Figure 1. Przewalski horse (Equus prezwalskii) causes of death in Tachin Tal in the period 1992–1999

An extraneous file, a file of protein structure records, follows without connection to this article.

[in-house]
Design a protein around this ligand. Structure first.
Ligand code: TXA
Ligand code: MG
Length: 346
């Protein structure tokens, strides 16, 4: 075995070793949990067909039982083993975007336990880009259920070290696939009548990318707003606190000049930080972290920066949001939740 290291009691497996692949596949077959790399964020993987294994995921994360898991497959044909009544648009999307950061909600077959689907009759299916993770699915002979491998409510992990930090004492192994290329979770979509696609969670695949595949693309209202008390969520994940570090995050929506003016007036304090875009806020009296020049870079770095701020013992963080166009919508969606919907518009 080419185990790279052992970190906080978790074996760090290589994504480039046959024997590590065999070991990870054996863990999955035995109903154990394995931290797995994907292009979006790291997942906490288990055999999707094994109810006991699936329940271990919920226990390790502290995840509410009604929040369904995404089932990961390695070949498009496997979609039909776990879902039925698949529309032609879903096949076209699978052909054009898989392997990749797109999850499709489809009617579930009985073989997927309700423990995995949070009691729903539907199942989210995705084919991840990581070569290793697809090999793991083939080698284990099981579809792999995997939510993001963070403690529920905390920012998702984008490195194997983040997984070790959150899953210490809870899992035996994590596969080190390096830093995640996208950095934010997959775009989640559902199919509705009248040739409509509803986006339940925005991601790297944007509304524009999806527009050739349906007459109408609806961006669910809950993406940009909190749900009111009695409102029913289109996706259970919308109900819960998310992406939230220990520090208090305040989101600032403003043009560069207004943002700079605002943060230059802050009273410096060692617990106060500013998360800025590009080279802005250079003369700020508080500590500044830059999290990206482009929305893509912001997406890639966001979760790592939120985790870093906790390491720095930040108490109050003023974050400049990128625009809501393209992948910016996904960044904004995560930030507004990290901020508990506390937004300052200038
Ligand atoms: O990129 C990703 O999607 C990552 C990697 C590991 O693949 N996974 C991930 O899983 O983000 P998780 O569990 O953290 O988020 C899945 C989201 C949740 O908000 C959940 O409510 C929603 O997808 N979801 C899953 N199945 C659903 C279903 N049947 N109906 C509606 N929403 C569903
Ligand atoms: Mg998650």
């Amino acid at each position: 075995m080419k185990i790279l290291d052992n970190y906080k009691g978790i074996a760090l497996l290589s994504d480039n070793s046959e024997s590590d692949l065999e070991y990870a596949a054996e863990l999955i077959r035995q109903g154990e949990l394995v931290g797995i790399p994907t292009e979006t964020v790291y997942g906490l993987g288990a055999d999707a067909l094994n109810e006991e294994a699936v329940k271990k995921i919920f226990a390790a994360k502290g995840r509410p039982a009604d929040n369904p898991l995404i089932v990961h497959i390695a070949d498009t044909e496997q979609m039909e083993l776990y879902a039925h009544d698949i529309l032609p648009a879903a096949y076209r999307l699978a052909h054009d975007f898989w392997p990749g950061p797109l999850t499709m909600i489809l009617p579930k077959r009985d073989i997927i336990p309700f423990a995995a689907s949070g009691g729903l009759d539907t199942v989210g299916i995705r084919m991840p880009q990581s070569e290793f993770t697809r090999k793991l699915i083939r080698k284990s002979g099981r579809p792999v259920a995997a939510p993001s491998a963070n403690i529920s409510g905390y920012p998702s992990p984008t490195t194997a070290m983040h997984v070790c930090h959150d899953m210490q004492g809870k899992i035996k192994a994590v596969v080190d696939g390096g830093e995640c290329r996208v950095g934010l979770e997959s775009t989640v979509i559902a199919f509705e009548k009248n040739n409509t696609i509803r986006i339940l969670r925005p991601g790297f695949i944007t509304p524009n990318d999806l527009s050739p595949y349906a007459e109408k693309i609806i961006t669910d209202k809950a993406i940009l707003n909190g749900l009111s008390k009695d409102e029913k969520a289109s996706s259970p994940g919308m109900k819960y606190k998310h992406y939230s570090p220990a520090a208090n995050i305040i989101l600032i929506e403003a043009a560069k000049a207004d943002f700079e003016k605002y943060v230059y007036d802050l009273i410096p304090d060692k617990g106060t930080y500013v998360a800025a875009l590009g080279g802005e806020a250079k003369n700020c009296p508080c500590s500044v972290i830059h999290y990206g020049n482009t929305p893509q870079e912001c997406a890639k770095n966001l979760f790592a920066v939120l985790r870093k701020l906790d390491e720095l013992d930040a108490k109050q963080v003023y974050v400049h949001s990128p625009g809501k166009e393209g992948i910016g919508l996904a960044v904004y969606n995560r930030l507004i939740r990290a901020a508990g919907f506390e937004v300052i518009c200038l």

The prominent pathologic features in three animals were congestion of the lungs with pulmonary, alveolar and interstitial edema accompanied by fibrin, erythrocytes (hemorrhage) and few macrophages and other inflammatory cells, a highly congested spleen, the presence of hemosiderin-laden macrophages in different organs, and a moderate mixed cellular infiltration in the portal fields in the liver. One animal showed severe renal lesions characterized by necrotizing tubulonephrosis, multifocal interstitial hemorrhages, and presence of numerous protozoan organisms (Klossiella equi) in the tubular epithelial cells. The pathologic lesions, especially the pulmonary edema, the generalized capillary congestion and the highly congested spleen, the tubulonephrosis and the hemosiderin-laden macrophages in different organs (indicative for hemolysis), associated with the clinical data, are suggestive, but not conclusive for an infection with Babesia equi or B. caballi (piroplasmosis). An immunohistologic examination of the tissues for African horse sickness (Orbivirus) the most important differential diagnosis was negative. Other possible viral causes such as herpes or influenza could not be definitely excluded at the time of print. The renal protozoan K. equi has been diagnosed in two animals and is considered an incidental finding or opportunistic agent. The possible infection with Babesia has been further reinforced through the serologic examination of three serum samples from the Tachin Tal. Two horses, which had been in Mongolia in the spring prior to sampling, had positive antibody titers against B. caballi. The third horse, which arrived in the summer months, was negative. These initial data indicate that the naive horses are potentially infected with Babesia during their first spring in the Tachin Tal. At that time every year a massive infection with Dermacentor nutalli ticks had been noted. A review of the literature revealed that the prevalence of equine piroplasmosis in Mongolia and in neighboring northern China is extremely high.1,13 That piroplasmosis is potentially an important mortality factor in combination with exertion and stress has been demonstrated in the past.4 The influence of piroplasmosis as a pathogen and important mortality factor or co-factor will be investigated in the coming months. Furthermore, acaricide treatment, and if necessary Imidocarb or Diminazene treatment, will be implemented and monitored as of 2000. This example clearly demonstrates the importance of a thorough disease risk assessment prior to shipment.